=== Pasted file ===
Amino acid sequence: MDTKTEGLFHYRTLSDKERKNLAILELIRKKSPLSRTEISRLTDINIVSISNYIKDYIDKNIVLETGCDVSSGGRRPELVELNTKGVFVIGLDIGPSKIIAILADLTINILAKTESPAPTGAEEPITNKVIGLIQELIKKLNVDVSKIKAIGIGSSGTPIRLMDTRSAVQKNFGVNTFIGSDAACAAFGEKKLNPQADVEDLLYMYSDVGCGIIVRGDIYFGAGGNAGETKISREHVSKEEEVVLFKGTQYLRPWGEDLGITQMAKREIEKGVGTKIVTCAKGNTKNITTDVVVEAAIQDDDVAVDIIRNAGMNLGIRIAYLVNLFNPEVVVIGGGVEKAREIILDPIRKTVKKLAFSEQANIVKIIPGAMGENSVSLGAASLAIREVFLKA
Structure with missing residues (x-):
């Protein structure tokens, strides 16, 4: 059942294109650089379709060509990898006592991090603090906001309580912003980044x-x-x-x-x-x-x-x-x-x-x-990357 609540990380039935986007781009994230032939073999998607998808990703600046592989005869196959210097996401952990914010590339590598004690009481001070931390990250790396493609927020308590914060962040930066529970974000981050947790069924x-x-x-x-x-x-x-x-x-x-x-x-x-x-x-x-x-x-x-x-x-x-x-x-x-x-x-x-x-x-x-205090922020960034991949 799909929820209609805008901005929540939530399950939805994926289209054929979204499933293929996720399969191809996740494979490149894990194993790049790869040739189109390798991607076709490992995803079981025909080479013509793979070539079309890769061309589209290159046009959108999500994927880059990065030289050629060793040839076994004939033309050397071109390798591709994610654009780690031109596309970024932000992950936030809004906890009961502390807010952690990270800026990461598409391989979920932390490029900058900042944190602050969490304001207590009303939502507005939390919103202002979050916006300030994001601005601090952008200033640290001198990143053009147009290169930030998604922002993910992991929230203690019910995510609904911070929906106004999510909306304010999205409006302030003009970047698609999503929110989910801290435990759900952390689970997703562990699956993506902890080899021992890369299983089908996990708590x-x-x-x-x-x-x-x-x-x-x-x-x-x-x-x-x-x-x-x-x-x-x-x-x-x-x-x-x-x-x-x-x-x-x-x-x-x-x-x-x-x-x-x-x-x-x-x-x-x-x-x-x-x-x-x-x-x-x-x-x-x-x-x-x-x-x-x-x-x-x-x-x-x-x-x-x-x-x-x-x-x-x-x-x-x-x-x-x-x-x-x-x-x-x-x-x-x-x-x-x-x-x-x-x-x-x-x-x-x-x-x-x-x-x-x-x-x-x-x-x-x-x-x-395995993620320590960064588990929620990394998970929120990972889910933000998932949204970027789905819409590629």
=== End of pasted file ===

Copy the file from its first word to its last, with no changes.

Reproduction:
Amino acid sequence: MDTKTEGLFHYRTLSDKERKNLAILELIRKKSPLSRTEISRLTDINIVSISNYIKDYIDKNIVLETGCDVSSGGRRPELVELNTKGVFVIGLDIGPSKIIAILADLTINILAKTESPAPTGAEEPITNKVIGLIQELIKKLNVDVSKIKAIGIGSSGTPIRLMDTRSAVQKNFGVNTFIGSDAACAAFGEKKLNPQADVEDLLYMYSDVGCGIIVRGDIYFGAGGNAGETKISREHVSKEEEVVLFKGTQYLRPWGEDLGITQMAKREIEKGVGTKIVTCAKGNTKNITTDVVVEAAIQDDDVAVDIIRNAGMNLGIRIAYLVNLFNPEVVVIGGGVEKAREIILDPIRKTVKKLAFSEQANIVKIIPGAMGENSVSLGAASLAIREVFLKA
Structure with missing residues (x-):
């Protein structure tokens, strides 16, 4: 059942294109650089379709060509990898006592991090603090906001309580912003980044x-x-x-x-x-x-x-x-x-x-x-990357 609540990380039935986007781009994230032939073999998607998808990703600046592989005869196959210097996401952990914010590339590598004690009481001070931390990250790396493609927020308590914060962040930066529970974000981050947790069924x-x-x-x-x-x-x-x-x-x-x-x-x-x-x-x-x-x-x-x-x-x-x-x-x-x-x-x-x-x-x-205090922020960034991949 799909929820209609805008901005929540939530399950939805994926289209054929979204499933293929996720399969191809996740494979490149894990194993790049790869040739189109390798991607076709490992995803079981025909080479013509793979070539079309890769061309589209290159046009959108999500994927880059990065030289050629060793040839076994004939033309050397071109390798591709994610654009780690031109596309970024932000992950936030809004906890009961502390807010952690990270800026990461598409391989979920932390490029900058900042944190602050969490304001207590009303939502507005939390919103202002979050916006300030994001601005601090952008200033640290001198990143053009147009290169930030998604922002993910992991929230203690019910995510609904911070929906106004999510909306304010999205409006302030003009970047698609999503929110989910801290435990759900952390689970997703562990699956993506902890080899021992890369299983089908996990708590x-x-x-x-x-x-x-x-x-x-x-x-x-x-x-x-x-x-x-x-x-x-x-x-x-x-x-x-x-x-x-x-x-x-x-x-x-x-x-x-x-x-x-x-x-x-x-x-x-x-x-x-x-x-x-x-x-x-x-x-x-x-x-x-x-x-x-x-x-x-x-x-x-x-x-x-x-x-x-x-x-x-x-x-x-x-x-x-x-x-x-x-x-x-x-x-x-x-x-x-x-x-x-x-x-x-x-x-x-x-x-x-x-x-x-x-x-x-x-x-x-x-x-x-395995993620320590960064588990929620990394998970929120990972889910933000998932949204970027789905819409590629």